Or those who’ve become Catholic. Jason Stellman is a great example. When he was reformed he was deep into two kingdom theology in order to give room for different political views. But when that wasn’t enough, he became Catholic. I remember my brother-in-law talking to him at a family camp he spoke at up here for our church, and we both told him “Just move to Canada and you won’t have to constantly fight against the marriage of politics and Christianity”.

    But I guess it’s a reality for all you down there. And so I appreciate people like Michael and even MLD (!) who keep it focused on the gospel, instead of our pet Christian topics that make it hard to witness to anybody since they think being a Christian means I’m simply a right-wing moralist.

  20. Michael says:


    Thank you…and MLD thanks you too. 🙂

  21. Jim says:

    I’d be ok with a preacher who explained that govt is a false god 🙂

  22. Papias says:

    “almost insulted” my friend.

    Should have included the happy or winking face.

    When Mike Huckabee came to speak at my church, (an good size SBC), we skipped that morning service. Nothing personal against him, just don’t need to go to church to hear a politician in the pulpit. For “Murica”.

    That night we went to Awana and I got a chance to talk to a couple of guys about why we missed. Seems that I wasn’t the only one who felt that way.

  23. Xenia says:

    My parish practices radio silence in the area of politics from the pulpit* because we have Ukrainians and Russians in our congregation. These things are only mentioned in prayer: Pray for the peace of Ukraine, to which all can say Amen.

    *Actually, we have no pulpit.

  24. Steve Wright says:

    Hibbs’ church proclaims Jesus as the Son of God, the only Savior. The Bible is pointed to as the authoritative word of God, and the gospel is proclaimed.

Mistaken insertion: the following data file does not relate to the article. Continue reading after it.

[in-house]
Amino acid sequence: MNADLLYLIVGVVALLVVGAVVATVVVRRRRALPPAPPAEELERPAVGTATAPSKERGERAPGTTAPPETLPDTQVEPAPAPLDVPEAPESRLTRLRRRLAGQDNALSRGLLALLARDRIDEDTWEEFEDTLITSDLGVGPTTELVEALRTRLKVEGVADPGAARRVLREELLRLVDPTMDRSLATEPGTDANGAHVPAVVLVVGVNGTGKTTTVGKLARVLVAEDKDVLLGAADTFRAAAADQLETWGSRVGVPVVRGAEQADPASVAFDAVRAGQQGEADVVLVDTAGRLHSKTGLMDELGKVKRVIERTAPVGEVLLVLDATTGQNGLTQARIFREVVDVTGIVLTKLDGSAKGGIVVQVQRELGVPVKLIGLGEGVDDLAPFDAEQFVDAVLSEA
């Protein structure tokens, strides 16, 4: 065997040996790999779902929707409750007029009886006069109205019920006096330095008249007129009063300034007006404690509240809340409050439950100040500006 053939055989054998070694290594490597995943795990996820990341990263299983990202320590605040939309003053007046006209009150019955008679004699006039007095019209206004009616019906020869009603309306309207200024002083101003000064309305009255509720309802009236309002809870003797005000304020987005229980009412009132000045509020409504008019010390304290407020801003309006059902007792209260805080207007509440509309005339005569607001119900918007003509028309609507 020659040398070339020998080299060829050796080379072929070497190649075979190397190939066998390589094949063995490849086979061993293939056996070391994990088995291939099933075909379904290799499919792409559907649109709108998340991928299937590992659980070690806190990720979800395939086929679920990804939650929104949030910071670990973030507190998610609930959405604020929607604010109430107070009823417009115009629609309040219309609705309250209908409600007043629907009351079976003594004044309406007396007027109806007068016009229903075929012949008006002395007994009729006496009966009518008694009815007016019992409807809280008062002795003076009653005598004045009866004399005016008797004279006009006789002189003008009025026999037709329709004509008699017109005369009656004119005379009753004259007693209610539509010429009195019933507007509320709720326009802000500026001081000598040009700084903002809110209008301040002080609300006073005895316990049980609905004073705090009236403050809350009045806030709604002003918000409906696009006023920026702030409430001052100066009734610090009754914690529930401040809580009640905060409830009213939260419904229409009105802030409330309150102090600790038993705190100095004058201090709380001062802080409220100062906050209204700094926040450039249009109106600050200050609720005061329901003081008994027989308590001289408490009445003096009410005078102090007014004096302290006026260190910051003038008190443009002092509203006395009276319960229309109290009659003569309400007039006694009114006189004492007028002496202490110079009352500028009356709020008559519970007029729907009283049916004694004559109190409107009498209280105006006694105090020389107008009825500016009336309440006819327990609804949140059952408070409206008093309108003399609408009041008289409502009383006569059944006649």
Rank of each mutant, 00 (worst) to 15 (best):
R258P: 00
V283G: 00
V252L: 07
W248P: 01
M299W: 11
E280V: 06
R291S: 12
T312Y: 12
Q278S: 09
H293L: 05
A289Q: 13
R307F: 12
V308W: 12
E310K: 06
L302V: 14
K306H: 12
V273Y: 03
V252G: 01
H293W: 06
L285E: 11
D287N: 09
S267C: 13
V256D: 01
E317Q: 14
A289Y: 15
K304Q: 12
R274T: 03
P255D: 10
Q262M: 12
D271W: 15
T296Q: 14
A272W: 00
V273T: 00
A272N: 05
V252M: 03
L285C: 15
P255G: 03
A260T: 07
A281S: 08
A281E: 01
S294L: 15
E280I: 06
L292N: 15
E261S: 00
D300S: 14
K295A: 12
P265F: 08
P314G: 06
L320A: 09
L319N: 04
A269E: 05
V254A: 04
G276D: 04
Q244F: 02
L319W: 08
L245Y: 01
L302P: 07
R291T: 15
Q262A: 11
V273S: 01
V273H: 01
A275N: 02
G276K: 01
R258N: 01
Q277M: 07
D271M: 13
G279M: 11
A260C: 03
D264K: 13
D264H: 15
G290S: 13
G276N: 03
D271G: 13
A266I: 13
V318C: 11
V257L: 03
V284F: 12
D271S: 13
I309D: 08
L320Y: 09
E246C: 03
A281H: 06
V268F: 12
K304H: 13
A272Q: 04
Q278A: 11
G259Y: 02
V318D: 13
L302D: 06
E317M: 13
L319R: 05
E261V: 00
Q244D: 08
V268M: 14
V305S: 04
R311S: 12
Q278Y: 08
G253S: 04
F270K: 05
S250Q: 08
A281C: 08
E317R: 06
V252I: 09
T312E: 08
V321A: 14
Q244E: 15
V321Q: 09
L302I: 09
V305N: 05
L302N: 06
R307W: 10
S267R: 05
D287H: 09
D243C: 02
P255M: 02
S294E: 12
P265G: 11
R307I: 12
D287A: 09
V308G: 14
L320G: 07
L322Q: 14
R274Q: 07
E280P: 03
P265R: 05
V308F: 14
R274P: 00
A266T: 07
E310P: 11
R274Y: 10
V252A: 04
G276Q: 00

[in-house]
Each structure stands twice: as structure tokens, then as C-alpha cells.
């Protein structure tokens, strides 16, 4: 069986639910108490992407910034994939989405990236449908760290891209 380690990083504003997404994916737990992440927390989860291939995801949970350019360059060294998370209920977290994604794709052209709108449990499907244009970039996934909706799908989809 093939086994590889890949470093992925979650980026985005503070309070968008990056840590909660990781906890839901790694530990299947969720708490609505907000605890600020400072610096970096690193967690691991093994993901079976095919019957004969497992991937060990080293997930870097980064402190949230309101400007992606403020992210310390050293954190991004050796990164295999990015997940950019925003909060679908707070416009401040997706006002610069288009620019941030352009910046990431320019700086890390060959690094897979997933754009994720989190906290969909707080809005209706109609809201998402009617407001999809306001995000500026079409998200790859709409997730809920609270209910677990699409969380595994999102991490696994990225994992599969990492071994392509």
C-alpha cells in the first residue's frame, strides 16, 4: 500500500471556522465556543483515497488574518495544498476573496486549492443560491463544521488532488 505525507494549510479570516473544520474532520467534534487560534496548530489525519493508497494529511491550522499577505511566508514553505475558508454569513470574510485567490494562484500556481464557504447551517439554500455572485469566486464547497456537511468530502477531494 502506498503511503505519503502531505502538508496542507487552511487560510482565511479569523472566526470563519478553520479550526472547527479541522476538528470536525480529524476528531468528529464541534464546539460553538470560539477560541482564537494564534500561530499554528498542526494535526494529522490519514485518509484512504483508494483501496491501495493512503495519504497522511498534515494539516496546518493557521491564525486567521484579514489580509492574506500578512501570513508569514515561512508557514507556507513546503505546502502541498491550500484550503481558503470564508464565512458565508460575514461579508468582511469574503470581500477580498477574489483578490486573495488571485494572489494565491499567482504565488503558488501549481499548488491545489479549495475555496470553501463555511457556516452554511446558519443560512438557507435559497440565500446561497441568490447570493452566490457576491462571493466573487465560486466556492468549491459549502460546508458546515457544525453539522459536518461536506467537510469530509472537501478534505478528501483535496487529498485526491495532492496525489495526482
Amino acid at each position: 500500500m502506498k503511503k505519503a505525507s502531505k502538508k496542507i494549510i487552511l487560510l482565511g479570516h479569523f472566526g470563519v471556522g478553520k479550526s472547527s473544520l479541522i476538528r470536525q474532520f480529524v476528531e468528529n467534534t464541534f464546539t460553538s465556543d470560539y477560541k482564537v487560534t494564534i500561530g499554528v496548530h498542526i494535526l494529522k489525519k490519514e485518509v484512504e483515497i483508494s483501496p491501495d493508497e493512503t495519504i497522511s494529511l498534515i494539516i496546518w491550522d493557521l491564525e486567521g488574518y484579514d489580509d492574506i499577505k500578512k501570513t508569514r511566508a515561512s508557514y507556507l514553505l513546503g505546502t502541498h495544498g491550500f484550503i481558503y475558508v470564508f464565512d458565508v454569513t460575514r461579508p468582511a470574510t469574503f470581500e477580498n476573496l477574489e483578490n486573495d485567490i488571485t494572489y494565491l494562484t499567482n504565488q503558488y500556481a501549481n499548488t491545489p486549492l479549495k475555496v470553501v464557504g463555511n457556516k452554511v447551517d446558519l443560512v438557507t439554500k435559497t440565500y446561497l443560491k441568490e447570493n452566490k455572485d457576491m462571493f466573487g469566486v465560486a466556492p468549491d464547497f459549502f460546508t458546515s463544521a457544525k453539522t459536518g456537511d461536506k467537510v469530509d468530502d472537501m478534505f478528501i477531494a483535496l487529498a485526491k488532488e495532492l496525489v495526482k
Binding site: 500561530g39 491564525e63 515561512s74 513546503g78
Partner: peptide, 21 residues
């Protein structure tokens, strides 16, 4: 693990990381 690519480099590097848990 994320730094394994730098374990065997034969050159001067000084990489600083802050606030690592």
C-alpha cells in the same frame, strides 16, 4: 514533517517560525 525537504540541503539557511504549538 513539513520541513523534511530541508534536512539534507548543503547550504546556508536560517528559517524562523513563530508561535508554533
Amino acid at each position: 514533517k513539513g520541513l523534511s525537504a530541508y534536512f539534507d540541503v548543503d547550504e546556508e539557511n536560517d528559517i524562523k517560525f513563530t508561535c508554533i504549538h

Those realities separate them from a multitude of apostate churches throughout America.

    Hibbs is well known for being very political, and serves well as a poster boy for those who hate all things religious right.

    However, to repeat – the article is focused on the school board. Drumming up fear and hate against those evil Christians who dare mention Jesus outside of the Sunday hour and the confines of the church walls. And how dare they fight the abortionist sexual perverted agendas foisted in the public schools. Who dare bring the Bible as a work of literature to be studied by the students.

    Ah….but these Christians are just following marching orders (so the article implies). They have in common this church – and this pastor practices illegal activities. He is the real villain.

    The funny thing is, someone should tell the author that Hibbs leads the charge each year inviting the government to dare come and try to shut him down, or take away his tax exemption. He begs the IRS to cause trouble so they could take it to the Supreme Court, where the godhating atheists most likely will lose, and precedent would be set. Or at least the rest of us pastors and churches would get to tell the IRS in unison to take their tax exemption and shove it.